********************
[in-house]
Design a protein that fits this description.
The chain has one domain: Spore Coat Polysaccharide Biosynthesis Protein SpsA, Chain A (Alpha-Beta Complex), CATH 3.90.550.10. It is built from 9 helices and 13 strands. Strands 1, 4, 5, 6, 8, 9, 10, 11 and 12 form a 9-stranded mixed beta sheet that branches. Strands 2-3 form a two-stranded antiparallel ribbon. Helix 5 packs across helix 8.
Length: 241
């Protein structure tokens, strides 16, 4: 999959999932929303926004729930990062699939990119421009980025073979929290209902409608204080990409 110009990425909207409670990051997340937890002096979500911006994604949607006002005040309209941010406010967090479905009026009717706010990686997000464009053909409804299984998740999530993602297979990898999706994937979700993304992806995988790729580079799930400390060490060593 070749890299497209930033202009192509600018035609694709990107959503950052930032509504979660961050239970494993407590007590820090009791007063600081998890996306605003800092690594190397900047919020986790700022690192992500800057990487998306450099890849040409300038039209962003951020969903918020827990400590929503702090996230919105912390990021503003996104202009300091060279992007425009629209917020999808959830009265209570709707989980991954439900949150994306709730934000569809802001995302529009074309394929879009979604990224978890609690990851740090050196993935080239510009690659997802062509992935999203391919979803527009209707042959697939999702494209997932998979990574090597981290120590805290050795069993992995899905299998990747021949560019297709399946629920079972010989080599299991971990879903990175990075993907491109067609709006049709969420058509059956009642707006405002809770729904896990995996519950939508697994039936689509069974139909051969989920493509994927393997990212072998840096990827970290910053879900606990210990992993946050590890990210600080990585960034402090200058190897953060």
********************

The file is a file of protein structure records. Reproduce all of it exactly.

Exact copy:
[in-house]
Design a protein that fits this description.
The chain has one domain: Spore Coat Polysaccharide Biosynthesis Protein SpsA, Chain A (Alpha-Beta Complex), CATH 3.90.550.10. It is built from 9 helices and 13 strands. Strands 1, 4, 5, 6, 8, 9, 10, 11 and 12 form a 9-stranded mixed beta sheet that branches. Strands 2-3 form a two-stranded antiparallel ribbon. Helix 5 packs across helix 8.
Length: 241
């Protein structure tokens, strides 16, 4: 999959999932929303926004729930990062699939990119421009980025073979929290209902409608204080990409 110009990425909207409670990051997340937890002096979500911006994604949607006002005040309209941010406010967090479905009026009717706010990686997000464009053909409804299984998740999530993602297979990898999706994937979700993304992806995988790729580079799930400390060490060593 070749890299497209930033202009192509600018035609694709990107959503950052930032509504979660961050239970494993407590007590820090009791007063600081998890996306605003800092690594190397900047919020986790700022690192992500800057990487998306450099890849040409300038039209962003951020969903918020827990400590929503702090996230919105912390990021503003996104202009300091060279992007425009629209917020999808959830009265209570709707989980991954439900949150994306709730934000569809802001995302529009074309394929879009979604990224978890609690990851740090050196993935080239510009690659997802062509992935999203391919979803527009209707042959697939999702494209997932998979990574090597981290120590805290050795069993992995899905299998990747021949560019297709399946629920079972010989080599299991971990879903990175990075993907491109067609709006049709969420058509059956009642707006405002809770729904896990995996519950939508697994039936689509069974139909051969989920493509994927393997990212072998840096990827970290910053879900606990210990992993946050590890990210600080990585960034402090200058190897953060």